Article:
While privacy is a great concern to just about everyone, it is baffling why there was so much consternation over breaking into Farook’s iPhone (in whatever way) to give the FBI forensic data to solve this crime and potentially warding off additional terrorist attacks.
Wherever we land on this argument it has huge downstream impacts on your privacy horizon and, more importantly your business obligations.
Interpretations of Constitutional Law
“The American constitution is a document designed by geniuses to be eventually interpreted by idiots.” - Joseph Ellis quoting others
Our founding fathers didn’t really provide many details in our Bill of Rights and left a lot to interpretation, rightly so as times change, case in point.
As a matter of fact, no rights are actually defined in the Constitution, they are only assumed and not to be “violated”, “denied” or “disparaged”.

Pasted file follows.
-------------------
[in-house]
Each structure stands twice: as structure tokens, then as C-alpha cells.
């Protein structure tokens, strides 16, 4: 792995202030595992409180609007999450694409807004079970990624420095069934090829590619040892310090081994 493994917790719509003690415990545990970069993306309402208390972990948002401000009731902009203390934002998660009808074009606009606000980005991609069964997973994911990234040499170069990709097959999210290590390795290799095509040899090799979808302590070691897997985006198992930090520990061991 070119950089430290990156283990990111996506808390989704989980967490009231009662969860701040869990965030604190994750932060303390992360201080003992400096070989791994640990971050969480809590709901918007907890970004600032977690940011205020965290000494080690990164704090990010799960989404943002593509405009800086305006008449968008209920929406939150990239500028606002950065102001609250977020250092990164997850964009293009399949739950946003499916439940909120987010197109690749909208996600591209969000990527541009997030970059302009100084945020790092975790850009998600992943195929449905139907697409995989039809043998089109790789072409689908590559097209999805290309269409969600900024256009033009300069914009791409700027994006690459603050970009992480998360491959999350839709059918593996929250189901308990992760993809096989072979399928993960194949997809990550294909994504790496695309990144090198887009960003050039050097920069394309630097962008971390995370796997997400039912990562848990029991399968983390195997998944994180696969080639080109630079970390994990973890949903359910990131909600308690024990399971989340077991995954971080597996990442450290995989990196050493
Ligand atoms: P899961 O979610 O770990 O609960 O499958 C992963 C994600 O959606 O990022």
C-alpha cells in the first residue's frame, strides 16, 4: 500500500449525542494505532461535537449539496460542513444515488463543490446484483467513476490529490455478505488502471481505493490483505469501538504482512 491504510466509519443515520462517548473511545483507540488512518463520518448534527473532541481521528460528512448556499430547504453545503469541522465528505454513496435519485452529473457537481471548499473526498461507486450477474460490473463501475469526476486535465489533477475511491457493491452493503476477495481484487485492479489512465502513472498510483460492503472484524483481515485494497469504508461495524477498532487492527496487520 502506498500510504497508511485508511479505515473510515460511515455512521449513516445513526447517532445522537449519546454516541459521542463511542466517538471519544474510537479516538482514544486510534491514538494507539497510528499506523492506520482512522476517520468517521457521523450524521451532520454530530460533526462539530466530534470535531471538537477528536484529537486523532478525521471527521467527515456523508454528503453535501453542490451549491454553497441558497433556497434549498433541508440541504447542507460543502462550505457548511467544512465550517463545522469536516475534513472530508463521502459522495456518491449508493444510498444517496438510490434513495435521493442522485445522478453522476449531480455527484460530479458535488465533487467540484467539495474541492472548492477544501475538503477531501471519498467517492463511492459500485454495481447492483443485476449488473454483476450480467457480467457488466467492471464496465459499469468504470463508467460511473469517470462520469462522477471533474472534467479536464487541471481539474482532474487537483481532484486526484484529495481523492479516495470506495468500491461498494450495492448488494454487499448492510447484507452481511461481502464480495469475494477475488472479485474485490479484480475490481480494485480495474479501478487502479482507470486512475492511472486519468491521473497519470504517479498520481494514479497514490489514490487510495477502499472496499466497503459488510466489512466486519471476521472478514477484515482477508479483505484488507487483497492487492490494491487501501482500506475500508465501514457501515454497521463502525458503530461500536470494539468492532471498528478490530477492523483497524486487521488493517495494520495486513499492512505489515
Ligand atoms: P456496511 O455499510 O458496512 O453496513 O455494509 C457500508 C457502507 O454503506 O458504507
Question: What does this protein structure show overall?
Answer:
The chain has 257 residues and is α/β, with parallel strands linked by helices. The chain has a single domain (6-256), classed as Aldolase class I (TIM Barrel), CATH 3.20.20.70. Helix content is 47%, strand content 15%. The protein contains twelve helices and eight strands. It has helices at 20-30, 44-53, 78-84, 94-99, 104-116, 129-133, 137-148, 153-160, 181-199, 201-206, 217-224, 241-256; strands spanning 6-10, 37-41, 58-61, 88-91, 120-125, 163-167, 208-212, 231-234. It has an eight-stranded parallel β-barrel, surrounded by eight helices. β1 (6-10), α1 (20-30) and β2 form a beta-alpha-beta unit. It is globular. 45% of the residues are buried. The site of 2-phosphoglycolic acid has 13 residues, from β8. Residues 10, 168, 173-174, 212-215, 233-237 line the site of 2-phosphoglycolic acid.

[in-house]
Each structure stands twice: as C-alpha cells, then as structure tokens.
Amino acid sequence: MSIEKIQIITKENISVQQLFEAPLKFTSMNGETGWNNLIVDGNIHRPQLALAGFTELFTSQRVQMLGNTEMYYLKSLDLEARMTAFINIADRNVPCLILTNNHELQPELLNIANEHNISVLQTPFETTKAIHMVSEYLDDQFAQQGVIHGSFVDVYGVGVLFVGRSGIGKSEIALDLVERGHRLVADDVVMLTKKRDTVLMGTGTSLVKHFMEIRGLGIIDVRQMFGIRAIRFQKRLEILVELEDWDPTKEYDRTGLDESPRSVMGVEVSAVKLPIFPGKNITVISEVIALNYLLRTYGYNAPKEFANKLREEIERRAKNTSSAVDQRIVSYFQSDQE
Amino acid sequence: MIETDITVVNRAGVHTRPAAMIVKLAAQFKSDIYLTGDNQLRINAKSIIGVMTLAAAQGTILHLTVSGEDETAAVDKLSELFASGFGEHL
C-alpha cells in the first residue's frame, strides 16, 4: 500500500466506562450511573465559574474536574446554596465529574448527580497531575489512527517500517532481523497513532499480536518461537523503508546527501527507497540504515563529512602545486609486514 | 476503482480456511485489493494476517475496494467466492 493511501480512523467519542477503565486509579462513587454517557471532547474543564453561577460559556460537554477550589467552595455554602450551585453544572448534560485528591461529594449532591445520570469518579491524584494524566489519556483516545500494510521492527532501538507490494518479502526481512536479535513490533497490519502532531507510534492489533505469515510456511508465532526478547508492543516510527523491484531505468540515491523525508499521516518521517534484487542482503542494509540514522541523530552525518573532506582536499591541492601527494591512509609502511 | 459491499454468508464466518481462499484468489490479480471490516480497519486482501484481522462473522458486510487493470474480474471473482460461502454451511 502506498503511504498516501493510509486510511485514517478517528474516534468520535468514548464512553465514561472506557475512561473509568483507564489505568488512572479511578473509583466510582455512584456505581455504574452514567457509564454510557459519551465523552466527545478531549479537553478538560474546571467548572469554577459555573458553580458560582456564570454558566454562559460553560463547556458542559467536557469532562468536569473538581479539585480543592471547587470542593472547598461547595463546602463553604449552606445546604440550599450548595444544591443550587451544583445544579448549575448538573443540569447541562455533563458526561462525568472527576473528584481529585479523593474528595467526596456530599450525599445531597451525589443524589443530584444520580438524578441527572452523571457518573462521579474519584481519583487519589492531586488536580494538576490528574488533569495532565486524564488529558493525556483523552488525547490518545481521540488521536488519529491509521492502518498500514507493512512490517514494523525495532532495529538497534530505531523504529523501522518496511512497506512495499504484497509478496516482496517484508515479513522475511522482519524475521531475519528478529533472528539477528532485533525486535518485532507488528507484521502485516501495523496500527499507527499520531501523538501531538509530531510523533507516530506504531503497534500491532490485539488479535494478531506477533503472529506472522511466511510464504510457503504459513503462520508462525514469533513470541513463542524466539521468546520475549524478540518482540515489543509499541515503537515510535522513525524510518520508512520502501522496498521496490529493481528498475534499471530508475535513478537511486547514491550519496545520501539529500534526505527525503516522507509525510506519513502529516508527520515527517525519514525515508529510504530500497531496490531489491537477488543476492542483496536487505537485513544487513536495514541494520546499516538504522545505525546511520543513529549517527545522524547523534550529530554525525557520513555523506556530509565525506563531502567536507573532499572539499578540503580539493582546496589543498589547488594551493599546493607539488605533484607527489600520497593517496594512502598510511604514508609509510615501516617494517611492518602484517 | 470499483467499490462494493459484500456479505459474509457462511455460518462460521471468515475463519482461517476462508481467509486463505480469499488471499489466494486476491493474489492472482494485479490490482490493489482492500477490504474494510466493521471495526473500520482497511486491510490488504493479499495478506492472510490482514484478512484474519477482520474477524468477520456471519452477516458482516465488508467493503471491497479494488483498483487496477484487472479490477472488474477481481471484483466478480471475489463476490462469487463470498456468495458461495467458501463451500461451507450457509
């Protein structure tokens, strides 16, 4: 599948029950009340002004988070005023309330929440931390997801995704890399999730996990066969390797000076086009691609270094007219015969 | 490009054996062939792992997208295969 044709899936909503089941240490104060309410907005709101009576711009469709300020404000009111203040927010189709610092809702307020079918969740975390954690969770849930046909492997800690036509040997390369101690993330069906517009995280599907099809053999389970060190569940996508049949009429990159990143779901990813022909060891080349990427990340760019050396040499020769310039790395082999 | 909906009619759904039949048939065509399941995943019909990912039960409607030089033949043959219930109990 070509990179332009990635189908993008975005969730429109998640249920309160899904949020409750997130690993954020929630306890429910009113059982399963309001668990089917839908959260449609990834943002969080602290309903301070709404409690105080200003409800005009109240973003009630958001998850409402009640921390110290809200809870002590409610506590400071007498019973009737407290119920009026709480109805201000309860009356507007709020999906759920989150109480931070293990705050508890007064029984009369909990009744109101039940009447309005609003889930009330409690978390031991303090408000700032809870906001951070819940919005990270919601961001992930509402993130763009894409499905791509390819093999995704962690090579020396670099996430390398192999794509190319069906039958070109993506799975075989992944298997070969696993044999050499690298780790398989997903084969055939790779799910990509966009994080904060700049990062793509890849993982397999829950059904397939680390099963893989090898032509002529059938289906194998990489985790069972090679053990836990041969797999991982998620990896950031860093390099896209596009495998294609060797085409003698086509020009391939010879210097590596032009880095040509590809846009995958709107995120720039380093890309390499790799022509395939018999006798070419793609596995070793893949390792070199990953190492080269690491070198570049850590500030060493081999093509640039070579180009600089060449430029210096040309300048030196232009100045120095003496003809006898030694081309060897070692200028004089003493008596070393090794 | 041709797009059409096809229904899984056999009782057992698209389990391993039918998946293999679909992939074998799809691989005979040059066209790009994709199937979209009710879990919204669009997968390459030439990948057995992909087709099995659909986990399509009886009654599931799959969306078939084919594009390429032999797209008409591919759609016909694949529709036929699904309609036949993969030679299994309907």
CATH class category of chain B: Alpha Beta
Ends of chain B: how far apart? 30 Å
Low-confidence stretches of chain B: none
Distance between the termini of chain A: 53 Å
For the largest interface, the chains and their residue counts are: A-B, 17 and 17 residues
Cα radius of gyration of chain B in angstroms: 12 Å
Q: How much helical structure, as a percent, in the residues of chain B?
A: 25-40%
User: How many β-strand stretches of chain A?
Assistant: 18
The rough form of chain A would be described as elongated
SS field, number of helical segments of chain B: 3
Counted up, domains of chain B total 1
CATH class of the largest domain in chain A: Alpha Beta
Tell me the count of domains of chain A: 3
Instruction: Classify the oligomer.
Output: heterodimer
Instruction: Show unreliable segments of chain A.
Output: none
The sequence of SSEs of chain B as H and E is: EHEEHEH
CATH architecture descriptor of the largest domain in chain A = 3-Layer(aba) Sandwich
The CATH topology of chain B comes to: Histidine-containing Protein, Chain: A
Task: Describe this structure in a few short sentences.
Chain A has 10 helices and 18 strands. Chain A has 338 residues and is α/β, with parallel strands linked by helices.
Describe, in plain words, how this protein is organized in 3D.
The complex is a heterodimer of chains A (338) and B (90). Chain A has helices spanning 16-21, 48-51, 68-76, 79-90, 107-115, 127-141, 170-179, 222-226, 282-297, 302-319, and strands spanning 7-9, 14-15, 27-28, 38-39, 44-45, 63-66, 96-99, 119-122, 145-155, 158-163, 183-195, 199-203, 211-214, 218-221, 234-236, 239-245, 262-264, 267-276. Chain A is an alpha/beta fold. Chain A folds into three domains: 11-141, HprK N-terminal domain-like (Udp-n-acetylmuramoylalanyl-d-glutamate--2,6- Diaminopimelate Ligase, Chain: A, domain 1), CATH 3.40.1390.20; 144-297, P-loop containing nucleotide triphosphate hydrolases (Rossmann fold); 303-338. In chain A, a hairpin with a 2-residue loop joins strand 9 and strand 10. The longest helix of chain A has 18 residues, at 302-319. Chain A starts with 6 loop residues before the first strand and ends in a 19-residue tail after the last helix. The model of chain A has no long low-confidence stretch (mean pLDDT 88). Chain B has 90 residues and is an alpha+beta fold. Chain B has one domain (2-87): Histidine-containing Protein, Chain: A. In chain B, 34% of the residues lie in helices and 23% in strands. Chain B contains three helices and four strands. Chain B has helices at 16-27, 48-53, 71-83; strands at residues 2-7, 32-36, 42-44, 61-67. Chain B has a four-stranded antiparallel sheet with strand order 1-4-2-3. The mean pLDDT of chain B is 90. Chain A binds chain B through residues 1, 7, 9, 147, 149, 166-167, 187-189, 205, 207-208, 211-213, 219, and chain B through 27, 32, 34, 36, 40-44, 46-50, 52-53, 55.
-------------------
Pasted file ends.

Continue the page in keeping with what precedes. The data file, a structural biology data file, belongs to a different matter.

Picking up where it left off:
In some case adjectives such as “unreasonable” or “unusual” leave vast areas of white space for generational interpretation.
In this case, Apple is claiming violation of the Fourth Amendment (unreasonable search and seizure) and, believe it or not, the First Amendment (freedom of speech).
Is computer code a language to be protected by the First Amendment? Since Farook is dead, to whom does the FBI deliver a search warrant?
Clearly Apple wasn’t complicit in these attacks. Does Farook have rights anyway, he’s dead?
We take the right to vote (not even mentioned in the Bill of Rights) from convicted felons; if Farook is guilty, but not convicted, should he have any rights?
It’s a Catch-22, you cannot convict a dead man. Different interpretations of these laws may leave you on the wrong side.
Mandates for Your Business